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Parmandur

Legend
Except for the fact that an insider told us so. :p

Seriously, I'm not sure why you're married to your hypothesis given that someone who has an entirely plausible basis for knowing more has made it clear that his understanding contradicts yours?
Former insider.

Mike Mearls was asked about why the novels stopped (during one episode of the Happy Fun Hour), and he is a bit more in the loop for inside decisions at WotC in the Teens: he said that WotC decided that they didn't want to spend resources at a side project they didn't have the expertise for, when they could let outside publishers pay them instead. It's better for WotC to have publishers pay them to make a few books, than to pay for pumping out books internally.
 

Alzrius

The EN World kitten
Former insider.
Remember: you don't need to still be working somewhere to be an insider. ;)

Mike Mearls was asked about why the novels stopped (during one episode of the Happy Fun Hour), and he is a bit more in the loop for inside decisions at WotC in the Teens: he said that WotC decided that they didn't want to spend resources at a side project they didn't have the expertise for, when they could let outside publishers pay them instead. It's better for WotC to have publishers pay them to make a few books, than to pay for pumping out books internally.
Can you provide a source or citation for this? I did for Lowder's quote, so hopefully you can here. (That and you have to wonder how much a current employee is going to say "it was out of our hands completely, we received a directive and had to comply.")

Of course, the fact remains that other publishers aren't queuing up to go that route, so if that was their decision then you'd be inclined to wonder why they haven't reversed course given that it hasn't worked. Not to mention the fact that they quite clearly did have the expertise for publishing novels, since their novel division was quite profitable and regularly turned out bestsellers (e.g. the Dragonlance books, the Drizzt novels, etc.).
 
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Parmandur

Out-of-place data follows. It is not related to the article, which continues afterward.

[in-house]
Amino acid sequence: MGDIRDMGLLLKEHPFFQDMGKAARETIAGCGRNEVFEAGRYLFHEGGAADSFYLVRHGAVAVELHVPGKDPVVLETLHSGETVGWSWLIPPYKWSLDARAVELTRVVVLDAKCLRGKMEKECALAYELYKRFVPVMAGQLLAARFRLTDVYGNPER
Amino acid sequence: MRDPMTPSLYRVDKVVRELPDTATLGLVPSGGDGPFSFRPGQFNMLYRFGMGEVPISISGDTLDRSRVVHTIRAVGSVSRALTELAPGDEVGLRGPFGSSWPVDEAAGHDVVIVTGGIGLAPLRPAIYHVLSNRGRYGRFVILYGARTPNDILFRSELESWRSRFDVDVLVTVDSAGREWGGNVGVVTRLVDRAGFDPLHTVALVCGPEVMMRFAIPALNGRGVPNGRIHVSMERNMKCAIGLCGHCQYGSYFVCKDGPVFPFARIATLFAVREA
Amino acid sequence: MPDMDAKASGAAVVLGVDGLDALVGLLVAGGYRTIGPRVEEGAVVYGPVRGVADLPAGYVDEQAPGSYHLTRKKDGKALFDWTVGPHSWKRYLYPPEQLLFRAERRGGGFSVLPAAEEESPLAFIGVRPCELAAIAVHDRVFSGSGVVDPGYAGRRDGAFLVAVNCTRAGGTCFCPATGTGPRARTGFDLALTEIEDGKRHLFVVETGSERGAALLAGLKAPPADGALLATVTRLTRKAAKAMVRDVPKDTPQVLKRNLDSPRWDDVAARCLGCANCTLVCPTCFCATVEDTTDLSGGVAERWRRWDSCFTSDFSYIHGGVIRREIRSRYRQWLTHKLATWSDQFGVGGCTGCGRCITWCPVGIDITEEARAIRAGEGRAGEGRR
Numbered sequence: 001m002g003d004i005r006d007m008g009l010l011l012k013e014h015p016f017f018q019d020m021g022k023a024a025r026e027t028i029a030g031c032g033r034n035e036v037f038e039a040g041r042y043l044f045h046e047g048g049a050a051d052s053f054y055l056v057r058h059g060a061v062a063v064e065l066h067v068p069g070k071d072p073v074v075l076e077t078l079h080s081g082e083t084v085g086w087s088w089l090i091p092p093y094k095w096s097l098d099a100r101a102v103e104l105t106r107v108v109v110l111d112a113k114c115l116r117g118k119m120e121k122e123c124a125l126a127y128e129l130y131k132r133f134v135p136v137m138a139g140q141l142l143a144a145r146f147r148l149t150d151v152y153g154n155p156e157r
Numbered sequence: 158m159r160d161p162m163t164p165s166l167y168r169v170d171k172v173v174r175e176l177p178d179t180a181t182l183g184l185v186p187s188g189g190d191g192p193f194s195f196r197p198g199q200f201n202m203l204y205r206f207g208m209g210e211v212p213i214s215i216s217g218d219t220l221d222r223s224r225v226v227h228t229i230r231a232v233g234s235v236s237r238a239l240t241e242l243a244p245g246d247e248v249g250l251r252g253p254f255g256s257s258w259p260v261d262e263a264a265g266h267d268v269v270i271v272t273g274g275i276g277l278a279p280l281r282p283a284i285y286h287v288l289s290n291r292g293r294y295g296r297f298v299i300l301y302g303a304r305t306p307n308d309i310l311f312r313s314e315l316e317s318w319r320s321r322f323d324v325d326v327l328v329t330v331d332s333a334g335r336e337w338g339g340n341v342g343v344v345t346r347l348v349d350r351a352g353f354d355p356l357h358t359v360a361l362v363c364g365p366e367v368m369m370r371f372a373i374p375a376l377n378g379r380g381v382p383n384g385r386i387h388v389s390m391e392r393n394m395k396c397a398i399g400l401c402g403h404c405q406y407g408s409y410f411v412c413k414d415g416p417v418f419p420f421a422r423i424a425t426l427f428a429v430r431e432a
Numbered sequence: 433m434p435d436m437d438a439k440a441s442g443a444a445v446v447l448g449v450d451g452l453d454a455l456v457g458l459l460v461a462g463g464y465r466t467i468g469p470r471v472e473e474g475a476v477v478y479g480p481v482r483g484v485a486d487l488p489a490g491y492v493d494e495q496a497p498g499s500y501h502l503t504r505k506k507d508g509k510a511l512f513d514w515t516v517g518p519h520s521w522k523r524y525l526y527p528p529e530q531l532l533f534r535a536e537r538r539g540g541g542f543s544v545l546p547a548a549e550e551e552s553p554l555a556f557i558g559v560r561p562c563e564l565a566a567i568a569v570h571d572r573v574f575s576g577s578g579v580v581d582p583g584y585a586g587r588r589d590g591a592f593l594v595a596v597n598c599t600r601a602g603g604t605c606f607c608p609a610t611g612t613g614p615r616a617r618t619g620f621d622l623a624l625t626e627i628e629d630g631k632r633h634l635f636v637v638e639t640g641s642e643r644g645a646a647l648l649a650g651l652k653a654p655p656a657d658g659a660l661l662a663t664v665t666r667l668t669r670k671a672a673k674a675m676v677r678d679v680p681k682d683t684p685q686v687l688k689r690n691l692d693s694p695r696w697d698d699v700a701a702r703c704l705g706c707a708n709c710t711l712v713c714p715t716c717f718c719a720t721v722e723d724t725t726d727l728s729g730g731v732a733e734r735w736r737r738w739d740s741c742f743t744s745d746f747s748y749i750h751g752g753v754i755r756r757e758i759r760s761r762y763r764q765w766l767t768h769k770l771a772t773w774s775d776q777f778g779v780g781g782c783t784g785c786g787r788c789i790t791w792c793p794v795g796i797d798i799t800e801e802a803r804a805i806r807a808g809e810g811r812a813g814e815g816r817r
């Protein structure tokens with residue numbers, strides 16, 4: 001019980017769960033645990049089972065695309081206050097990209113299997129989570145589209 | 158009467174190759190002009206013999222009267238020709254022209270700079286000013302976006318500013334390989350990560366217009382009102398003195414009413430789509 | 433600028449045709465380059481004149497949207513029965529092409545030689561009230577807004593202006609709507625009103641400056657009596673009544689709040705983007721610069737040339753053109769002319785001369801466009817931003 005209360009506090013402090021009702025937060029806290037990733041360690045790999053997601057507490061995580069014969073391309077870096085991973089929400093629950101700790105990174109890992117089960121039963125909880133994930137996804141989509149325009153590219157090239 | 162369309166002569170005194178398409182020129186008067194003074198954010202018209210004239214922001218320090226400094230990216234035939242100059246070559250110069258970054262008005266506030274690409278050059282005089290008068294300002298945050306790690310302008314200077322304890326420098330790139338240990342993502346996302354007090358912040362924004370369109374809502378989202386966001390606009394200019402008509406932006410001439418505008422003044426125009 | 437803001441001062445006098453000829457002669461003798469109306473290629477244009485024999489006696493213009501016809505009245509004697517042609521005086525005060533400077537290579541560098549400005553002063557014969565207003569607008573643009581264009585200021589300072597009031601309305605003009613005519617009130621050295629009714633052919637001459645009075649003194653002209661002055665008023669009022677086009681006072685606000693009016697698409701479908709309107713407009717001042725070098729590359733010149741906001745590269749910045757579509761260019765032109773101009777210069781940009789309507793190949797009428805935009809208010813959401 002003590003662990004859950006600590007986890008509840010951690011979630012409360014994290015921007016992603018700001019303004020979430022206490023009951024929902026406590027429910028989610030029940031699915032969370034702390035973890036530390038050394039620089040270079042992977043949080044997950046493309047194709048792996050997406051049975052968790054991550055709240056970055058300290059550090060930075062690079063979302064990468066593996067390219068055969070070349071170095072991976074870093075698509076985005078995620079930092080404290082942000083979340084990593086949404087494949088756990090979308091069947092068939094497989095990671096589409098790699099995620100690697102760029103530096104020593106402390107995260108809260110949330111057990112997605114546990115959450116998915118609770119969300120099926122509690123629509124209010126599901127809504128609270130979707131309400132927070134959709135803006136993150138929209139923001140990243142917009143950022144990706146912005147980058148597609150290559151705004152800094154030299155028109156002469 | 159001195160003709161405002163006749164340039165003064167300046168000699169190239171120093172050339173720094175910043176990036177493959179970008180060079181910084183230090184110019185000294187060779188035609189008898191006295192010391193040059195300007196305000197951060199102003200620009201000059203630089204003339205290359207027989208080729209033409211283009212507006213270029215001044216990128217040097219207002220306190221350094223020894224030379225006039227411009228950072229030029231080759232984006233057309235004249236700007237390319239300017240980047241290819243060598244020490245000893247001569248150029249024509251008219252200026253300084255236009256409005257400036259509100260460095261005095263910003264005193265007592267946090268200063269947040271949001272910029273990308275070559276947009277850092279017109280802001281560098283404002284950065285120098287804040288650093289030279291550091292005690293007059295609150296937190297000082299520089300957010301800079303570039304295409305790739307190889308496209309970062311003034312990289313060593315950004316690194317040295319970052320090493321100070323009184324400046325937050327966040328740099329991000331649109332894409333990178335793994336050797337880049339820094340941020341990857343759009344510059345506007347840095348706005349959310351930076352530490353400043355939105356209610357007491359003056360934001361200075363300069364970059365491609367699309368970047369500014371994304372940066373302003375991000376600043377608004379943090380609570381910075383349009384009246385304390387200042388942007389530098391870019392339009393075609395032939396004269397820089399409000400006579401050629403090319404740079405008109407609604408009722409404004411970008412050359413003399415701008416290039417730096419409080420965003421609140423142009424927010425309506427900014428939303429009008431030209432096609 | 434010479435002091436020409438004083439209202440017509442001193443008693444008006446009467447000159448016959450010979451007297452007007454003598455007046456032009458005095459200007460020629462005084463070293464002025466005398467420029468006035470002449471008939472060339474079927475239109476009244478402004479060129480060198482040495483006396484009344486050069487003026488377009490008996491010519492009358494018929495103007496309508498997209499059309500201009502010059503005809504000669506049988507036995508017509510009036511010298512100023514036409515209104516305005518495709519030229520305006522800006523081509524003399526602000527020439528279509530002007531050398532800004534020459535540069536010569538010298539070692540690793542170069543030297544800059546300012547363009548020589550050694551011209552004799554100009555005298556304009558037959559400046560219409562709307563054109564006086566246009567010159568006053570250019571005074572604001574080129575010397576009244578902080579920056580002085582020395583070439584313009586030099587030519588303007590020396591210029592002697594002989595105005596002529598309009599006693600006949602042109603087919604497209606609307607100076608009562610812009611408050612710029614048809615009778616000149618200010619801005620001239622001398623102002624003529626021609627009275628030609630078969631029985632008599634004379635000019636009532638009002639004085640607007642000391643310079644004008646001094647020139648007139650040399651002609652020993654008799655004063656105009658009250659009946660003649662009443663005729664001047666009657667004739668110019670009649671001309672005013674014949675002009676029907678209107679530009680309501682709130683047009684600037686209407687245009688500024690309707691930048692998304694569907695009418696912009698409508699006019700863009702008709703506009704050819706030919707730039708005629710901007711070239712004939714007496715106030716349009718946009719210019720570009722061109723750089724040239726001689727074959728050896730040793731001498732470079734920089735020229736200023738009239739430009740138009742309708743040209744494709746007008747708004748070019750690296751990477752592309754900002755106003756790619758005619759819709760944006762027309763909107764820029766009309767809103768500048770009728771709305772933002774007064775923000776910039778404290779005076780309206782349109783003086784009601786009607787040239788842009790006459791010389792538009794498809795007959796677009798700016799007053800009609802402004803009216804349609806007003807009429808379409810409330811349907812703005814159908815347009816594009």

Legend
Remember: you don't need to still be working somewhere to be an insider. ;)



Can you provide a source or citation for this? I did for Lowder's quote, so hopefully you can here. (That and you have to wonder how much a current employee is going to say "it was out of our hands completely, we received a directive and had to comply.")

Of course, the fact remains that other publishers aren't queuing up to go that route, so if that was their decision then you'd be inclined to wonder why they haven't reversed course given that it hasn't worked. Not to mention the fact that they quite clearly did have the expertise for publishing novels, since their novel division was quite profitable and regularly turned out bestsellers (e.g. the Dragonlance books, the Drizzt novels, etc.).
There's no full transcript of that show, but Mearls did touch briefly on the same theme in this AMA:


Their new publishing strategy seems to be working for them, and is not likely related to Hasbro proper.
 

Alzrius

The EN World kitten
There's no full transcript of that show, but Mearls did touch briefly on the same theme in this AMA:
Looking through the EN World thread that you linked to, this is the entirety of what Mike Mearls said:

It turns out that as a game company, we're not so good at being a novel publishing company. We've talked about them, but nothing to announce.
This is no way refutes what James Lowder said. If WotC's novel division was making a profit that wasn't high enough to satisfy Hasbro's target numbers for an acceptable return on investment, then that fulfills the "we're not so good at being a novel publishing company" bit of his statement. So there's nothing there to back up the idea that Lowder is incorrect.

Their new publishing strategy seems to be working for them, and is not likely related to Hasbro proper.
I'm not sure what your basis is for saying that it's "working for them," and there's nothing in what you've posted to say that the decision didn't come from Hasbro.
 

Parmandur

Legend
According to that link you've posted, this is the entirety of what Mike Mearls said:



This is no way refutes what James Lowder said. If WotC's novel division was making a profit that wasn't high enough to satisfy Hasbro's target numbers for an acceptable return on investment, then that fulfills the "we're not so good at being a novel publishing company" bit of his statement. So there's nothing there to back up the idea that Lowder is incorrect.



I'm not sure what your basis is for saying that it's "working for them," and there's nothing in what you've posted to say that the decision didn't come from Hasbro.
He went more into detail about it elsewhere, but Google Fu hasn't turned that up. The gist was, WotC didn't see a point to continuing to invest in producing the novels internally. Believe it or not, no big Hasbro boogieman killed the novel division, that was all WotC.
 

Alzrius

The EN World kitten
He went more into detail about it elsewhere, but Google Fu hasn't turned that up. The gist was, WotC didn't see a point to continuing to invest in producing the novels internally. Believe it or not, no big Hasbro boogieman killed the novel division, that was all WotC.
Except that you can't seem to provide anything definitive to back up that statement, whereas there's an insider (current, not former) saying the opposite.